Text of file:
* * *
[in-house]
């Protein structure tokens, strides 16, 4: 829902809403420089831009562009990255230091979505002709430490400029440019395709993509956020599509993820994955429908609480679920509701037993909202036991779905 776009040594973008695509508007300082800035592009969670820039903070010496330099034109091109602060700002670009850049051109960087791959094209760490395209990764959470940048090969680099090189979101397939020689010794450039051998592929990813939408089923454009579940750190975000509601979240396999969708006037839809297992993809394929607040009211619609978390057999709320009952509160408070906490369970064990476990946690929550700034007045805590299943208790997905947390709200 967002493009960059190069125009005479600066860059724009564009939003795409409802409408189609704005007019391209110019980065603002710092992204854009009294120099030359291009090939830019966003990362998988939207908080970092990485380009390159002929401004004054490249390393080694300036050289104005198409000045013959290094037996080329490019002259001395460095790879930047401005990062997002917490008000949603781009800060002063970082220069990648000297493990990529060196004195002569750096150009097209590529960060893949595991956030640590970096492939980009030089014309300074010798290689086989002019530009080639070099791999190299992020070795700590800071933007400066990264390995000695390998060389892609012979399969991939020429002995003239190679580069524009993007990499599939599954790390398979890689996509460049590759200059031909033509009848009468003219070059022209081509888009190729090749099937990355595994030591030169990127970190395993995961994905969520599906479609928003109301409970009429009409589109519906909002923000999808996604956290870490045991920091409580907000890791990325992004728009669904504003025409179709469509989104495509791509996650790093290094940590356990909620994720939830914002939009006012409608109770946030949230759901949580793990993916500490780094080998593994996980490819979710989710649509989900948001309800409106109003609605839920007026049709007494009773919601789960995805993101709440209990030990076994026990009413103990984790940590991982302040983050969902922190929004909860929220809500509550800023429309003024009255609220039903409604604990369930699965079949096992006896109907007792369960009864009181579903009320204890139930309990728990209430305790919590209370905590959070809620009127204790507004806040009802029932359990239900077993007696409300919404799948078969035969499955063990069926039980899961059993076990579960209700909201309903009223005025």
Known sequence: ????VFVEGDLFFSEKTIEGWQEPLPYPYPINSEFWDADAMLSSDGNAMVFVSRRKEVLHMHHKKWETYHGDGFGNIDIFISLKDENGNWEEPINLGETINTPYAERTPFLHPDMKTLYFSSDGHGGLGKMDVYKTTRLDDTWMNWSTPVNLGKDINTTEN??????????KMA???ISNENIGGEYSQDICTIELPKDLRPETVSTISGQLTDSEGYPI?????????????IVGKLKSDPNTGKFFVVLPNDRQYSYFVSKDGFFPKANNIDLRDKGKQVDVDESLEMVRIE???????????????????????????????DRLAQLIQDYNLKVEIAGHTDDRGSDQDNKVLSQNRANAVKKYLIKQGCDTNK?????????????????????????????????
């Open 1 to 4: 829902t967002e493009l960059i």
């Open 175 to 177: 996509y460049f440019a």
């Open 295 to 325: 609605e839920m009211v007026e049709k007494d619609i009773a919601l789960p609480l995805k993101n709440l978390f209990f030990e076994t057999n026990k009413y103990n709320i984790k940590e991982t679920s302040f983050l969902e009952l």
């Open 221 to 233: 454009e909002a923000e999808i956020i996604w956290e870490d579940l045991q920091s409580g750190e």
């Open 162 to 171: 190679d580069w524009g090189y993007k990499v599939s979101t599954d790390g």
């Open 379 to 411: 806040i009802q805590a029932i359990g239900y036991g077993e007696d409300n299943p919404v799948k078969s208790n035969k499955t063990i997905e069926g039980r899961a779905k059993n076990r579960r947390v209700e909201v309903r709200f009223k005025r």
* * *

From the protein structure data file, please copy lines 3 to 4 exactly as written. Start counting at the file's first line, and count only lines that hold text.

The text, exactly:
Known sequence: ????VFVEGDLFFSEKTIEGWQEPLPYPYPINSEFWDADAMLSSDGNAMVFVSRRKEVLHMHHKKWETYHGDGFGNIDIFISLKDENGNWEEPINLGETINTPYAERTPFLHPDMKTLYFSSDGHGGLGKMDVYKTTRLDDTWMNWSTPVNLGKDINTTEN??????????KMA???ISNENIGGEYSQDICTIELPKDLRPETVSTISGQLTDSEGYPI?????????????IVGKLKSDPNTGKFFVVLPNDRQYSYFVSKDGFFPKANNIDLRDKGKQVDVDESLEMVRIE???????????????????????????????DRLAQLIQDYNLKVEIAGHTDDRGSDQDNKVLSQNRANAVKKYLIKQGCDTNK?????????????????????????????????
């Open 1 to 4: 829902t967002e493009l960059i």